Developing smart robots with the ability to work for and alongside Soldiers is the ultimate goal of the Army's $63.2 million investment in a new robotics cooperative agreement with industry and academia over the next five years.

The Robotics Collaborative Technology Alliance is expected to push the research needed to make autonomous robots accomplish more missions and take some of the burden off Soldiers on the battlefield, said Army Research Laboratory's Dr. Jon Bornstein, chief of the Robotics Autonomous Systems Division and CTA manager.

It will also have a potential five-year extension with an additional $66.5 million investment, totaling a possible $129.7 million.

"I would like to see the CTA research demonstrate an unmanned system that can adapt to a dynamic environment and learn from its experiences," said Bornstein. "I'm really looking forward to this research moving unmanned systems as a tool for the Soldier."

Bornstein said he compares his vision of the future use of robots in the Army with the way warfighters work with dogs in K-9 units.

"They're part of the team, and we want these unmanned systems to be part of team. There must be an intuitive bond between the Soldier and robot - a trust ... and a certain level of compatibility to develop that capability," he said.

Through the agreement, ARL will be working with a consortium of leading research organizations to break through basic scientific barriers in perception, intelligence, human-robot interaction, dexterous manipulation and unique mobility.

"Developing technology in these critical areas is crucial to the advancement of future unmanned systems possessing a significant level of autonomy," said Bornstein. "Robots can't be dumb. They must be able to work on their own."

While the Army drives the research direction, it chose a consortium of eight organizations, led by General Dynamics Robotic Systems, to perform under the cooperative agreement.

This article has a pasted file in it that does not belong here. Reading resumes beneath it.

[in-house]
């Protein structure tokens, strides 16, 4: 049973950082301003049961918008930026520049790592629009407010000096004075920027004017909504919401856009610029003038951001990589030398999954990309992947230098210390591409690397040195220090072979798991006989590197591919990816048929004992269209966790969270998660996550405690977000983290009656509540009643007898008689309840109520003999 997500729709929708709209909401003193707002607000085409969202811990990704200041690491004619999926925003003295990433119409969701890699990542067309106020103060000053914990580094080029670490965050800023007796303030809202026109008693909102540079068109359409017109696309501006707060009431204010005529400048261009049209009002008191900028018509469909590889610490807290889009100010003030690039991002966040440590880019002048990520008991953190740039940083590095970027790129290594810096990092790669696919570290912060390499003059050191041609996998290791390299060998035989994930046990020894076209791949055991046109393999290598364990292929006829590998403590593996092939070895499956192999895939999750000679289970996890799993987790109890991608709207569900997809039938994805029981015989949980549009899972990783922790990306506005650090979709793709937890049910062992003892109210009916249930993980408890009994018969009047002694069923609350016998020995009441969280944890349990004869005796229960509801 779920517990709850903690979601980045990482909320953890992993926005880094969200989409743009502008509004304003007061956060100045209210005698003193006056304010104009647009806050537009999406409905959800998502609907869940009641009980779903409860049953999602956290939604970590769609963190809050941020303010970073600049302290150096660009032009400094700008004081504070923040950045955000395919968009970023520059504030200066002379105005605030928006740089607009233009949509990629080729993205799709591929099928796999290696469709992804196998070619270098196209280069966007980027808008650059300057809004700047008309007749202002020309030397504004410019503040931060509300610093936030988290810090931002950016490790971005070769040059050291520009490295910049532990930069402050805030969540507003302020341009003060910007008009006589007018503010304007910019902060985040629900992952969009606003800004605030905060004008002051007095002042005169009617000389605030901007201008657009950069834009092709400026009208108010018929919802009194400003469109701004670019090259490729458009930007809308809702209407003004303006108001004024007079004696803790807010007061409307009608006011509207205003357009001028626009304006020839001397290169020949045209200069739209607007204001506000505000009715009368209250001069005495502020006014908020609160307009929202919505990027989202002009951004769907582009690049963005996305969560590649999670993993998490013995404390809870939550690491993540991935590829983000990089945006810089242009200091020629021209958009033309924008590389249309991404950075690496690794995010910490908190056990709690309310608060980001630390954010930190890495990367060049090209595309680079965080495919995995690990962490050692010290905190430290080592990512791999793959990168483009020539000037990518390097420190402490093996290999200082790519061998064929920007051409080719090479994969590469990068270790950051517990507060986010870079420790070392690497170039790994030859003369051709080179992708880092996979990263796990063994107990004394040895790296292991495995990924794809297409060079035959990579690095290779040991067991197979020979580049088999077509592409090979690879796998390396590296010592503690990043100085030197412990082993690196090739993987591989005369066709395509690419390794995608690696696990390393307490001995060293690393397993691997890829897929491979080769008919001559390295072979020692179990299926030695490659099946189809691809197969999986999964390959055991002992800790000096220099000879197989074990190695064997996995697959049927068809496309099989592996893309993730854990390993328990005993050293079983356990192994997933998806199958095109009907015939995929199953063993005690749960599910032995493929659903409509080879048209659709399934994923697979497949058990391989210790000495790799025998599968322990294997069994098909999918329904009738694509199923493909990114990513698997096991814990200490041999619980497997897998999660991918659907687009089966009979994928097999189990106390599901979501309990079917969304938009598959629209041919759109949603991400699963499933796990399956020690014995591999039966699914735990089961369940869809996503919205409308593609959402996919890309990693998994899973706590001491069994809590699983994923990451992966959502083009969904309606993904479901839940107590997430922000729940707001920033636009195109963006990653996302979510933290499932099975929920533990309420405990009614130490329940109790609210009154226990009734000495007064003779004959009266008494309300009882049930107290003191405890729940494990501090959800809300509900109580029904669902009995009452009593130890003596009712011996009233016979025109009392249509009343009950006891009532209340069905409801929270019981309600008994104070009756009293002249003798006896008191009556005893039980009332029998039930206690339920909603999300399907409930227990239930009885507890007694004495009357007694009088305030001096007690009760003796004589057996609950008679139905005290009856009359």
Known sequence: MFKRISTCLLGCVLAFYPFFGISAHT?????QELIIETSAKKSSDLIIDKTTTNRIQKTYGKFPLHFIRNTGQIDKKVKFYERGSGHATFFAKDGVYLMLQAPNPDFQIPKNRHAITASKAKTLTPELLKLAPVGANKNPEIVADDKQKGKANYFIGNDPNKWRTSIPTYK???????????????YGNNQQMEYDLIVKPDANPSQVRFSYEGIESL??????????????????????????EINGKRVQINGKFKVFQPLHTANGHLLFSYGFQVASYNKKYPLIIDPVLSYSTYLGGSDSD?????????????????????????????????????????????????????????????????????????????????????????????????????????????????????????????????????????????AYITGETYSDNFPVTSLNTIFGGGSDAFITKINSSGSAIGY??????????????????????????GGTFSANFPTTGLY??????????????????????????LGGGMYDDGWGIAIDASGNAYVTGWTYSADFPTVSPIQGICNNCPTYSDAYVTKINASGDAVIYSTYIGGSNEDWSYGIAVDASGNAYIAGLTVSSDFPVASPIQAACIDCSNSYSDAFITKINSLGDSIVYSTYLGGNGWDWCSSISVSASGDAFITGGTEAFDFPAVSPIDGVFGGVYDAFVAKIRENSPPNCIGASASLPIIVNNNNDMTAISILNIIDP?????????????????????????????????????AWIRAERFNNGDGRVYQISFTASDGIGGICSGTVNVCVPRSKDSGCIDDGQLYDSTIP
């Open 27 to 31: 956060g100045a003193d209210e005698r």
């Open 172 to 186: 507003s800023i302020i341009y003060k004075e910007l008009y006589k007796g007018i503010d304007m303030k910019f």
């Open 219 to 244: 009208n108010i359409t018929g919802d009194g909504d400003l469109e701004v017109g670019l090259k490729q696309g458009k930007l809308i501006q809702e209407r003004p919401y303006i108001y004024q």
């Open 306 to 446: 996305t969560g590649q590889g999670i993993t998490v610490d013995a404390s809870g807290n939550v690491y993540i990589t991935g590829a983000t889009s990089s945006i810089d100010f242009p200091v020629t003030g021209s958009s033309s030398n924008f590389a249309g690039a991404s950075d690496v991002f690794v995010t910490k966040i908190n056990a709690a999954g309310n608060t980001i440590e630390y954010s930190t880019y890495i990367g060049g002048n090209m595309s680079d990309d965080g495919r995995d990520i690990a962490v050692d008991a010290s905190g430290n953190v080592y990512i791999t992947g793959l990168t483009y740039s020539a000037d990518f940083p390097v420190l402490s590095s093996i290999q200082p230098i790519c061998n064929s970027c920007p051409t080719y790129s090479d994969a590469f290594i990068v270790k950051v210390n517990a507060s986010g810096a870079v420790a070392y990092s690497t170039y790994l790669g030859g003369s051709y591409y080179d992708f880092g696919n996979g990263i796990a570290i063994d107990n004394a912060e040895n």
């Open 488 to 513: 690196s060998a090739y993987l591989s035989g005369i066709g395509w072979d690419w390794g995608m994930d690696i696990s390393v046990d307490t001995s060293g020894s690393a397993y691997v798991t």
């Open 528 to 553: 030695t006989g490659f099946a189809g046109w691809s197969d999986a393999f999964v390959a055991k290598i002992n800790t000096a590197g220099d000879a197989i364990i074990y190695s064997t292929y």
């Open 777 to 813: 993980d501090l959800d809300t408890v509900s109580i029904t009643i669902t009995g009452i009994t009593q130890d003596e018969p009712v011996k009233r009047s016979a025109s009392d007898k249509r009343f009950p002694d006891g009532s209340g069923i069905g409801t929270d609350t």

Boston Dynamics, Carnegie-Mellon University, California Institute of Technology Jet Propulsion Laboratory, Florida A&M University, QinetiQ North America, the University of Central Florida, and the University of Pennsylvania will all work as partners to delve into the cutting-edge research.

ARL uses cooperative agreements to bring together consortiums that develop and execute research plans that share financial, intellectual, personnel and infrastructure resources from both the government and private sector, and the new agreement is the third robotics-centered CTA the laboratory has leveraged.

Bornstein managed a previous eight and a half years of CTA robotics research. The original CTA focused on command and control of robotics while the newly announced agreement is reaching into intelligence, learning and robotic-human interaction.

"We accomplished a significant amount of research in our previous CTA," said Bornstein. "We see (that research) filtering into the Army's autonomous systems now."

The Micro Autonomous System Technologies CTA was the second ARL alliance, which focuses on small, hand-held robotics research.

The broader robotics-research picture falls under the auspices of the laboratory's enterprise that focuses on four key areas; perception, intelligence, human-robot interaction and manipulation and mobility.

"This robotics CTA will be a key part of ARL's Autonomous Systems Enterprise that combines ARL's internal research efforts with external research," said Bornstein.

Page last updated Wed April 21st, 2010 at 11:12